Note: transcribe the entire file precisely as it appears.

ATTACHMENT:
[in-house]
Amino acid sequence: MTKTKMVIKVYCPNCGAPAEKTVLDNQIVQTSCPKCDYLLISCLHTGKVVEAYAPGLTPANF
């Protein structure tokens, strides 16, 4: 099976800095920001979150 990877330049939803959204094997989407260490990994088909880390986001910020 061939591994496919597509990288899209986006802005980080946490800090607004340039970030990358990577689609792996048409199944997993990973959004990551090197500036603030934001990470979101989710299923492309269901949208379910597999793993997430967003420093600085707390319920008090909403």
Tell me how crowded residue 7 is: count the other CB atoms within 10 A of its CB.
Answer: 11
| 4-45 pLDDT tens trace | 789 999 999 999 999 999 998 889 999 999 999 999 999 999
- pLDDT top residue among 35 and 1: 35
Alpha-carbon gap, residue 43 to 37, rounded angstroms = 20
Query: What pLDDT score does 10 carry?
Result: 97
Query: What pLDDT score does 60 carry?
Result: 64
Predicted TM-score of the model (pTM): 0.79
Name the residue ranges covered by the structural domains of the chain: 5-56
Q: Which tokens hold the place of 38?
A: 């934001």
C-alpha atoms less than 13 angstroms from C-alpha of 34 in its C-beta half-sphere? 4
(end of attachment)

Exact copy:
[in-house]
Amino acid sequence: MTKTKMVIKVYCPNCGAPAEKTVLDNQIVQTSCPKCDYLLISCLHTGKVVEAYAPGLTPANF
């Protein structure tokens, strides 16, 4: 099976800095920001979150 990877330049939803959204094997989407260490990994088909880390986001910020 061939591994496919597509990288899209986006802005980080946490800090607004340039970030990358990577689609792996048409199944997993990973959004990551090197500036603030934001990470979101989710299923492309269901949208379910597999793993997430967003420093600085707390319920008090909403």
Tell me how crowded residue 7 is: count the other CB atoms within 10 A of its CB.
Answer: 11
| 4-45 pLDDT tens trace | 789 999 999 999 999 999 998 889 999 999 999 999 999 999
- pLDDT top residue among 35 and 1: 35
Alpha-carbon gap, residue 43 to 37, rounded angstroms = 20
Query: What pLDDT score does 10 carry?
Result: 97
Query: What pLDDT score does 60 carry?
Result: 64
Predicted TM-score of the model (pTM): 0.79
Name the residue ranges covered by the structural domains of the chain: 5-56
Q: Which tokens hold the place of 38?
A: 């934001």
C-alpha atoms less than 13 angstroms from C-alpha of 34 in its C-beta half-sphere? 4